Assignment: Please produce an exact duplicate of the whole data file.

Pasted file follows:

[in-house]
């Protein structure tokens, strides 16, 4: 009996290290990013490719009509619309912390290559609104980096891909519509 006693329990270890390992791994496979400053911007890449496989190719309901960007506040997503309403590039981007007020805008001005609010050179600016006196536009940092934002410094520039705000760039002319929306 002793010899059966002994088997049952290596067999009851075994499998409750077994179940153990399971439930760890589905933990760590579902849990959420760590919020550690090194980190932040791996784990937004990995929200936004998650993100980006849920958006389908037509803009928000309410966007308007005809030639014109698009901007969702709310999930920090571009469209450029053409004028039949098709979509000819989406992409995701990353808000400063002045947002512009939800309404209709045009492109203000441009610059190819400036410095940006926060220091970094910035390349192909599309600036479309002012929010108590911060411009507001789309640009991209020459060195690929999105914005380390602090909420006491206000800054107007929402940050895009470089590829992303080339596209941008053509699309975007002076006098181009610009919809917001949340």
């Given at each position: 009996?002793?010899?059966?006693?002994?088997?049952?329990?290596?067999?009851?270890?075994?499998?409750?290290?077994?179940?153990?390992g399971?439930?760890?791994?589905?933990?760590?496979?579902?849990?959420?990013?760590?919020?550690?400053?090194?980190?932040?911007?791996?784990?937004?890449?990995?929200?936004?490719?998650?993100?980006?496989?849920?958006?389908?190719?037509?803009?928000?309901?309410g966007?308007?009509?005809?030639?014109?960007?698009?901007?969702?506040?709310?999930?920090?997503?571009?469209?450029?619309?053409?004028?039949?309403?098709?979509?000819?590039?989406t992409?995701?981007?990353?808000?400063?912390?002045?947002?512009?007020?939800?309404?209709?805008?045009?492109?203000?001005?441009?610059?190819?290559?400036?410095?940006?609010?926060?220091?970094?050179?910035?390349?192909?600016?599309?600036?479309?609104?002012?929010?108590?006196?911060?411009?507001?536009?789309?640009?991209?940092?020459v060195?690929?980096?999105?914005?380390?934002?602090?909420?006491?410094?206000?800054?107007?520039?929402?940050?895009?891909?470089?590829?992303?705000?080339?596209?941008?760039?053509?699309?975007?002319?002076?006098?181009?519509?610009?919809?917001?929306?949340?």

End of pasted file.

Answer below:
[in-house]
């Protein structure tokens, strides 16, 4: 009996290290990013490719009509619309912390290559609104980096891909519509 006693329990270890390992791994496979400053911007890449496989190719309901960007506040997503309403590039981007007020805008001005609010050179600016006196536009940092934002410094520039705000760039002319929306 002793010899059966002994088997049952290596067999009851075994499998409750077994179940153990399971439930760890589905933990760590579902849990959420760590919020550690090194980190932040791996784990937004990995929200936004998650993100980006849920958006389908037509803009928000309410966007308007005809030639014109698009901007969702709310999930920090571009469209450029053409004028039949098709979509000819989406992409995701990353808000400063002045947002512009939800309404209709045009492109203000441009610059190819400036410095940006926060220091970094910035390349192909599309600036479309002012929010108590911060411009507001789309640009991209020459060195690929999105914005380390602090909420006491206000800054107007929402940050895009470089590829992303080339596209941008053509699309975007002076006098181009610009919809917001949340």
């Given at each position: 009996?002793?010899?059966?006693?002994?088997?049952?329990?290596?067999?009851?270890?075994?499998?409750?290290?077994?179940?153990?390992g399971?439930?760890?791994?589905?933990?760590?496979?579902?849990?959420?990013?760590?919020?550690?400053?090194?980190?932040?911007?791996?784990?937004?890449?990995?929200?936004?490719?998650?993100?980006?496989?849920?958006?389908?190719?037509?803009?928000?309901?309410g966007?308007?009509?005809?030639?014109?960007?698009?901007?969702?506040?709310?999930?920090?997503?571009?469209?450029?619309?053409?004028?039949?309403?098709?979509?000819?590039?989406t992409?995701?981007?990353?808000?400063?912390?002045?947002?512009?007020?939800?309404?209709?805008?045009?492109?203000?001005?441009?610059?190819?290559?400036?410095?940006?609010?926060?220091?970094?050179?910035?390349?192909?600016?599309?600036?479309?609104?002012?929010?108590?006196?911060?411009?507001?536009?789309?640009?991209?940092?020459v060195?690929?980096?999105?914005?380390?934002?602090?909420?006491?410094?206000?800054?107007?520039?929402?940050?895009?891909?470089?590829?992303?705000?080339?596209?941008?760039?053509?699309?975007?002319?002076?006098?181009?519509?610009?919809?917001?929306?949340?």